But men have well-entrenched networks of support among the incumbent leaders. They also don’t encounter the same questions, attitudes and assumptions about how they should conduct themselves.

Ask any woman in leadership (there are a few if you search), and she’ll have a story or two about having being told to speak less forcefully, not step on people’s toes, bring the coffee -- or worst of all, about just being ignored.

These are just some of the indignities and obstacles that women contend with every day.

Of course, it’s not universal. I and other women have been the beneficiaries of healthy work environments and unblinkered managers. This cohort is also testimony to the idea that a workplace that listens to all voices and seeks all talent can be more successful.

A 2016 Credit Suisse report, for example, reported companies in which women comprised 25%, 33% or more than 50% of senior leadership teams between 2013-16 outperformed at compound annual growth rates of 2.8%, 4.7% and 10.3% respectively, compared with a 1% decline in the MSCI ACWI index in the same period. The index measures equity market performance of mid- and large cap companies throughout the world.

Others have drawn similar conclusions. A 2017 study from McKinsey & Co. of more than 1,000 companies in 12 countries found those in the top quartile for gender diversity on executive teams were 21% more likely to have above-average EBIT margin than companies in the lowest quartile, and a 27% higher likelihood of outperforming on longer-term value creation according to the firm’s calculation of economic profit margin.

Do more

So before your remnants of outrage over the indecency of the PABNAB party die down, channel them toward a daily vigilance of changing the culture.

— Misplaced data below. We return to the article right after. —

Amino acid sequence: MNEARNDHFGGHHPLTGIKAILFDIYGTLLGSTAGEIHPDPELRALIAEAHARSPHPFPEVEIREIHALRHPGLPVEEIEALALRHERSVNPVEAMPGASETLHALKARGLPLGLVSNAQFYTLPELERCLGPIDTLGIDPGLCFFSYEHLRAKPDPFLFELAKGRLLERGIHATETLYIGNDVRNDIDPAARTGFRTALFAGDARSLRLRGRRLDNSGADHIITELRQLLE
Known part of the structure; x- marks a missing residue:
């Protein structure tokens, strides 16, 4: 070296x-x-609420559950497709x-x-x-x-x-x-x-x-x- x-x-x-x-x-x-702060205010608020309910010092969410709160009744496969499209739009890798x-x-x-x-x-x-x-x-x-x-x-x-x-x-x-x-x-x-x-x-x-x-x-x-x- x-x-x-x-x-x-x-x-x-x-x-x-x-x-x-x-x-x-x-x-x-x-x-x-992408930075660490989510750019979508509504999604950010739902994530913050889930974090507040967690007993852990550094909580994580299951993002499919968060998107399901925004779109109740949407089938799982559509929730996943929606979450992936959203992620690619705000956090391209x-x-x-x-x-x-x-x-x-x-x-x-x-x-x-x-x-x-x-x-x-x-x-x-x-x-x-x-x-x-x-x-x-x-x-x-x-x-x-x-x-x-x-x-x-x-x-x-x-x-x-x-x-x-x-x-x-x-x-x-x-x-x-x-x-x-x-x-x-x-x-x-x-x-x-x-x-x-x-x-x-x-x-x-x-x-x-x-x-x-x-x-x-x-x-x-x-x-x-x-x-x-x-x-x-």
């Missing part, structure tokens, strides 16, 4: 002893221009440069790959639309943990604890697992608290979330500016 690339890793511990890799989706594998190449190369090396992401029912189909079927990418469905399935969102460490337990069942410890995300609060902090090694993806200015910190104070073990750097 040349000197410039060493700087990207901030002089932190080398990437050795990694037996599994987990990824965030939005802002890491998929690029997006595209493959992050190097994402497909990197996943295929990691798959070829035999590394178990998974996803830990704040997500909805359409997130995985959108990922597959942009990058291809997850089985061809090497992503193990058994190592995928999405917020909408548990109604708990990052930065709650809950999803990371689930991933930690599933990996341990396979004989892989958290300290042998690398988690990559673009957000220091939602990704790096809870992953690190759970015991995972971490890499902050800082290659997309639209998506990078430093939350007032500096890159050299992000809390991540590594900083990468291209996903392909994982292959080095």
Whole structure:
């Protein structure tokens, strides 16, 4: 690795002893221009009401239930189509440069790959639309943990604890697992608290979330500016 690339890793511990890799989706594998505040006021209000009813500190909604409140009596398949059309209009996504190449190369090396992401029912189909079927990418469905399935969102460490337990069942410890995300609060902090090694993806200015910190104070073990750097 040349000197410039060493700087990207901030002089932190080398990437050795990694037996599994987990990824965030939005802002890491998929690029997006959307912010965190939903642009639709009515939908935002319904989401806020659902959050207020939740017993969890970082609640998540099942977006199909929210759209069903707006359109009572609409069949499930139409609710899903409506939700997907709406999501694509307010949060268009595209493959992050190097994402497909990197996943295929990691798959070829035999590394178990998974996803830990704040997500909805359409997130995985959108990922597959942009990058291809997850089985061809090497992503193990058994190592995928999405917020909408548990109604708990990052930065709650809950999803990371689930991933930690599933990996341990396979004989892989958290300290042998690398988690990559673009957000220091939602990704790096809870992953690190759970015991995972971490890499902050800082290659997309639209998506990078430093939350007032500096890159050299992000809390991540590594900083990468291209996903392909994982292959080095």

First of all, change the inbuilt assumption that women must adapt to succeed.

First of all, change the inbuilt assumption that women must adapt to succeed.

Create an environment where a different type of talent, candidates who don’t look like the “typical” CEO or head of R&D, and individuals who bring different perspectives can rise to the top.

Take an honest look at candidate lists for senior positions, mentoring programs or stretch assignments to see what proportion is female.

Instead of assuming your company doesn’t have a problem, dig deeper to ask if it does.

Drop unfounded assumptions about who can do what and who will burn the midnight oil, and look for talent among people who might not be on your standard roster. Some of my most productive team members -- female and male -- have had to take care of young children while responsible for major assignments. Some of my best hires have joined in their third trimester of pregnancy.

Rather than falling back on the tired trope of “I hire the best talent, whoever that is” -- which the numbers clearly belie -- insist on going beyond your immediate network for the “shoe-in” friend-of-a-friend, and consider candidates with more degrees of separation. They might require more vetting but offer fresh thinking and better rewards.

Instead of rejecting someone for not being a culture fit, think twice if your culture is all it should be.

And take a moment to ask some junior women in your company if there are pockets of unwelcome behavior; do they see the company like you do?

There are many avenues for finding female talent, providing opportunities for visibility, and tapping into or supporting educational programs via non-profit organizations.

Find ways to send a message that yours is a company where women can thrive.

As women increasingly find their voice, they will find their feet, too, and go where they aren’t “diverse” but are the norm. The numbers suggest those will be the success stories. And when the audience is seen as half-female, the entertainment won’t ignore their taste.

So most of all, don’t let the moment pass to turn something so offensive into a longer-lasting benefit.

Editor’s Note: Simone Fishburn is Corporate Vice President and Executive Editor of both BioCentury and BioCentury Innovations. She is a board member and former president of Women In Bio, a non-profit organization committed to promoting careers, leadership and entrepreneurship for women in life sciences.

Companies and Institutions Mentioned

Alnylam Pharmaceuticals Inc. (NASDAQ:ALNY), Cambridge, Mass.

Biotechnology Innovation Organization (BIO), Washington, D.C.

National Institutes of Health (NIH), Bethesda, Md.